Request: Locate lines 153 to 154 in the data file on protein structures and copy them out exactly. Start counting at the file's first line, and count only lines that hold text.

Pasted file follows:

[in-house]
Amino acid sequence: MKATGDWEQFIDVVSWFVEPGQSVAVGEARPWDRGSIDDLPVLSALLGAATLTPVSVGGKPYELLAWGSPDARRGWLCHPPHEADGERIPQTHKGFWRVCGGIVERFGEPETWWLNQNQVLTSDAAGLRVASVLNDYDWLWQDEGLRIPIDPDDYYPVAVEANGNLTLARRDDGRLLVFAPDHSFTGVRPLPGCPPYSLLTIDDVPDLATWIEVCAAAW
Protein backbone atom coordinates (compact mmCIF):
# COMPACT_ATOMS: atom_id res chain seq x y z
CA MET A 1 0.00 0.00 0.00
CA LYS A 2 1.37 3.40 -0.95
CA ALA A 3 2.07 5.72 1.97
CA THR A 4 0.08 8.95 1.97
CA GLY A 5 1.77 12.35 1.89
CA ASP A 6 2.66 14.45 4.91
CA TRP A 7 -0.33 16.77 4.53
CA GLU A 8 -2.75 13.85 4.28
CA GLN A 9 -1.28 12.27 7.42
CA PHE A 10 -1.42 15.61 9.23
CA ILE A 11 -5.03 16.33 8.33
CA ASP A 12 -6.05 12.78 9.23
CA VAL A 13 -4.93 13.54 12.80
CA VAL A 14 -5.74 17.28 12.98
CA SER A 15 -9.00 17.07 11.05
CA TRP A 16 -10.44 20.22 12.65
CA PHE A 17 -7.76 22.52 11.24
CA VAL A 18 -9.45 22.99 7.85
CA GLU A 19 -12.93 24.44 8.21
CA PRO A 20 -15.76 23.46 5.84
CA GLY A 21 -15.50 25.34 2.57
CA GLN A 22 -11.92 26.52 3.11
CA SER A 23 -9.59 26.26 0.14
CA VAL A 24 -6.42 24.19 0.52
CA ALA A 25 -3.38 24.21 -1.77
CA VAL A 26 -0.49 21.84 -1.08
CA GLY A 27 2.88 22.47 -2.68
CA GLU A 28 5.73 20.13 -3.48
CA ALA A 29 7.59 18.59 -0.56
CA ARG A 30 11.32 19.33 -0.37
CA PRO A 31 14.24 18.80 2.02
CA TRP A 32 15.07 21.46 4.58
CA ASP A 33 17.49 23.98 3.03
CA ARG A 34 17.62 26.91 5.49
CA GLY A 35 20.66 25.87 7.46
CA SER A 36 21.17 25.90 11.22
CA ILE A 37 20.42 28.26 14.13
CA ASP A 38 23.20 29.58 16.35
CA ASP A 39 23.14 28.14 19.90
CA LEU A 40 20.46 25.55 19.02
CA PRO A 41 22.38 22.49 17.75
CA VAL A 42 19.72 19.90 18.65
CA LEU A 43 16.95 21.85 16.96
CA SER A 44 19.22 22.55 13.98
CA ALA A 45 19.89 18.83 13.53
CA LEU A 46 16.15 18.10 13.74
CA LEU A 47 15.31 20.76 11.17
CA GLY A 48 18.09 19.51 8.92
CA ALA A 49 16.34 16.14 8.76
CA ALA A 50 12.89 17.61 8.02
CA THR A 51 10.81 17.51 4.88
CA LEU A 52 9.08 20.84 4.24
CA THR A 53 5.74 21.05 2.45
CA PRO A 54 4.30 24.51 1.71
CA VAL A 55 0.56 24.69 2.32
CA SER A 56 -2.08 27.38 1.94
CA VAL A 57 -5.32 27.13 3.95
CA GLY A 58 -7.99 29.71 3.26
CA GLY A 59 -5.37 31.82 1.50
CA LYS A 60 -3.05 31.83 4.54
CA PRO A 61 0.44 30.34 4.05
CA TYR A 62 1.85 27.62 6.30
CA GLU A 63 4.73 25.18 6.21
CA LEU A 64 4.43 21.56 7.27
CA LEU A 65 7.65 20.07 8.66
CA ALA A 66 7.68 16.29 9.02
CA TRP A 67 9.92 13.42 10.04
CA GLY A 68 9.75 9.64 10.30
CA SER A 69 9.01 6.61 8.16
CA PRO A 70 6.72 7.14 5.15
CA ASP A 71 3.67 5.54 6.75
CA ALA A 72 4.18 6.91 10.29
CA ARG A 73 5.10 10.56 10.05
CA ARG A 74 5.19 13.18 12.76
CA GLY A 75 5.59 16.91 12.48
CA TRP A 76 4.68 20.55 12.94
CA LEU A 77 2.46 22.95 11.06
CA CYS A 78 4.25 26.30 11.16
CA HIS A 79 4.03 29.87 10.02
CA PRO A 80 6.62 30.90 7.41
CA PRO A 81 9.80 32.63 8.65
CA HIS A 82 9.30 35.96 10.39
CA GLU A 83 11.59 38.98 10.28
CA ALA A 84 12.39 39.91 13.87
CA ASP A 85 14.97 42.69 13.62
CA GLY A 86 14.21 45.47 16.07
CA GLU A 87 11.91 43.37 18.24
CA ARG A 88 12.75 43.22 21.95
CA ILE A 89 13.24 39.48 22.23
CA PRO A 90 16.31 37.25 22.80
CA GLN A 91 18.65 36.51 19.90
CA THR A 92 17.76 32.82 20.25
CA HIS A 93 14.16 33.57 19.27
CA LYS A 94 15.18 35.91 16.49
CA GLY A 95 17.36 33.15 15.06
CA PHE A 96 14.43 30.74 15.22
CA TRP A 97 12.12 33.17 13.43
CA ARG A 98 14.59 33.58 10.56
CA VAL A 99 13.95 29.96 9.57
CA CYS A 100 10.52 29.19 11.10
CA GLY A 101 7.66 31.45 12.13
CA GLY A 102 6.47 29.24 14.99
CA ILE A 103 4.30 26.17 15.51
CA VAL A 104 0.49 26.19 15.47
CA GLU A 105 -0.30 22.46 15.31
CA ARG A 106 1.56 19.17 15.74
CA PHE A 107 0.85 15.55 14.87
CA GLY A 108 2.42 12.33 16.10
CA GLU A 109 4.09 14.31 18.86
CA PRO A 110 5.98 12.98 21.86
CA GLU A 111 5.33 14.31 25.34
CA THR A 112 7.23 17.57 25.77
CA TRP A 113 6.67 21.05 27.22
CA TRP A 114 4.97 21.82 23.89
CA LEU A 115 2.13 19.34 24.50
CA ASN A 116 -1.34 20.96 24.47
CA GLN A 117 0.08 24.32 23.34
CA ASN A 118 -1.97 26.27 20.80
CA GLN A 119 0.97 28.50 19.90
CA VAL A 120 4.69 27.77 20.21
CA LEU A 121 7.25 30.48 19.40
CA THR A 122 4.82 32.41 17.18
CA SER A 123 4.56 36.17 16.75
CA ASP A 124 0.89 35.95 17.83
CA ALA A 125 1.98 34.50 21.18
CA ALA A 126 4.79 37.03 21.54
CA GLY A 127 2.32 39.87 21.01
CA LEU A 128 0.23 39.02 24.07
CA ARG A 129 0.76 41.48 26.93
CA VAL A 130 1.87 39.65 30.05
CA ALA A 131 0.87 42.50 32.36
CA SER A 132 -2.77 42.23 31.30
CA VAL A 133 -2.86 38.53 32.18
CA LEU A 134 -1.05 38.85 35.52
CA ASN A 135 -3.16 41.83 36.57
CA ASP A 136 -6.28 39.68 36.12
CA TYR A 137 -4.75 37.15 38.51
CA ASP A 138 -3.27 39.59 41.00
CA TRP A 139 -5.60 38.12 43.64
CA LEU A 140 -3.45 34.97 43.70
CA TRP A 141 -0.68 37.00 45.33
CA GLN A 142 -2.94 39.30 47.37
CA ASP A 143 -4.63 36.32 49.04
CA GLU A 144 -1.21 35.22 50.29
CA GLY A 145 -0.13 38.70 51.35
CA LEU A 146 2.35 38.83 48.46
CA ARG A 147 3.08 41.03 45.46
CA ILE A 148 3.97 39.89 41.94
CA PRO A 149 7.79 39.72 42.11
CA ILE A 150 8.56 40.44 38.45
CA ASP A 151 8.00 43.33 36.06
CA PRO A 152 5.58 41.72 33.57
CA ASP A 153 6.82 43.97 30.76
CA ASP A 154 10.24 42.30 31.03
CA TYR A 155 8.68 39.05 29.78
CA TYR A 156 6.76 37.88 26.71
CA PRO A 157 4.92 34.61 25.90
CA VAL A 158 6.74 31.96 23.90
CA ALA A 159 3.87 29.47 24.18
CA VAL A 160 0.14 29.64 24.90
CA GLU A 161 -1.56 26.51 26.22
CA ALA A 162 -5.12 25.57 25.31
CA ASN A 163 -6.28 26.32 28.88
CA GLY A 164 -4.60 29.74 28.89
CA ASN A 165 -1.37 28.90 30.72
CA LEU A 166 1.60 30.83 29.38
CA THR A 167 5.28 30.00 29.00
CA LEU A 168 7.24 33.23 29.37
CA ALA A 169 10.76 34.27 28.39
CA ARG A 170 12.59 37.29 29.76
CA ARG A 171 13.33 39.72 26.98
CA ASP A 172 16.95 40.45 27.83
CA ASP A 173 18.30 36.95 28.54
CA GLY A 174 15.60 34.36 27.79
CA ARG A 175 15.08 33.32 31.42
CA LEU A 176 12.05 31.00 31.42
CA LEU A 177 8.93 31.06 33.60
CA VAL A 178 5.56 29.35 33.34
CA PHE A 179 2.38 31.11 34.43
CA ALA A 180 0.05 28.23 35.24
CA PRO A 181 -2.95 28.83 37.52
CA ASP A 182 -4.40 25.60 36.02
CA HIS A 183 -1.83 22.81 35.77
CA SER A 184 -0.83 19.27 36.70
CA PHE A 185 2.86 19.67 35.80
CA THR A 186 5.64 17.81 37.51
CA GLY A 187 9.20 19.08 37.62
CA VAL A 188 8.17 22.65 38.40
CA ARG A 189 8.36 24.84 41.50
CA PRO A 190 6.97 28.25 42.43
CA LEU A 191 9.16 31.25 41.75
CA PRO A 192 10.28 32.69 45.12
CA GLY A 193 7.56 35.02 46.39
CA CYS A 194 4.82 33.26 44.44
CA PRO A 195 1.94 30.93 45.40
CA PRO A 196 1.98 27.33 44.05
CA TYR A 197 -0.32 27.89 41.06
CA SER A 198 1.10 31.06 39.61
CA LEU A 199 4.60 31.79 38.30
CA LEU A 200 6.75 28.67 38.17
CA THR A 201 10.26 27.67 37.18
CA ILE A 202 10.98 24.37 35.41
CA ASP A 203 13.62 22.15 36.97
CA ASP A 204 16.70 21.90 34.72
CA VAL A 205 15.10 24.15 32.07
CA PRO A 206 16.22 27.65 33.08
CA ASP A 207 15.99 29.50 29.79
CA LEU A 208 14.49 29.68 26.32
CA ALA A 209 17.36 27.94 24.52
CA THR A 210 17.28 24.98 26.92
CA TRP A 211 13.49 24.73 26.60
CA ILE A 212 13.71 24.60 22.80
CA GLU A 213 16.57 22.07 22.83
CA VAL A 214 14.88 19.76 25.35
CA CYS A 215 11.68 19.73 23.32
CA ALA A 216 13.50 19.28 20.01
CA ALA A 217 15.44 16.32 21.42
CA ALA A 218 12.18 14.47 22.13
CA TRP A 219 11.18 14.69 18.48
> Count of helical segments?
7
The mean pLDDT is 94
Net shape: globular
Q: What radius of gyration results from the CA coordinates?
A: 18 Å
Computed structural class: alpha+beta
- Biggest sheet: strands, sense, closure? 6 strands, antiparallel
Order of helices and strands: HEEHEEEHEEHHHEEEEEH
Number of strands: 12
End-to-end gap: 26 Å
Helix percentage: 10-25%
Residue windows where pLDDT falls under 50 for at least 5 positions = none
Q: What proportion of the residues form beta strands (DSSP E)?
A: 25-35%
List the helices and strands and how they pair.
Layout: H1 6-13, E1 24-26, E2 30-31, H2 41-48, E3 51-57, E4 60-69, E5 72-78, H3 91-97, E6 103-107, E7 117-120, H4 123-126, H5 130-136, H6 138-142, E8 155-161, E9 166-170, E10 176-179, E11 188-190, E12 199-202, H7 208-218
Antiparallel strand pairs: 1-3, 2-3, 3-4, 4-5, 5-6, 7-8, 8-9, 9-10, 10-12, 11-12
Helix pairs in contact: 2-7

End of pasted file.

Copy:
CA PRO A 149 7.79 39.72 42.11
CA ILE A 150 8.56 40.44 38.45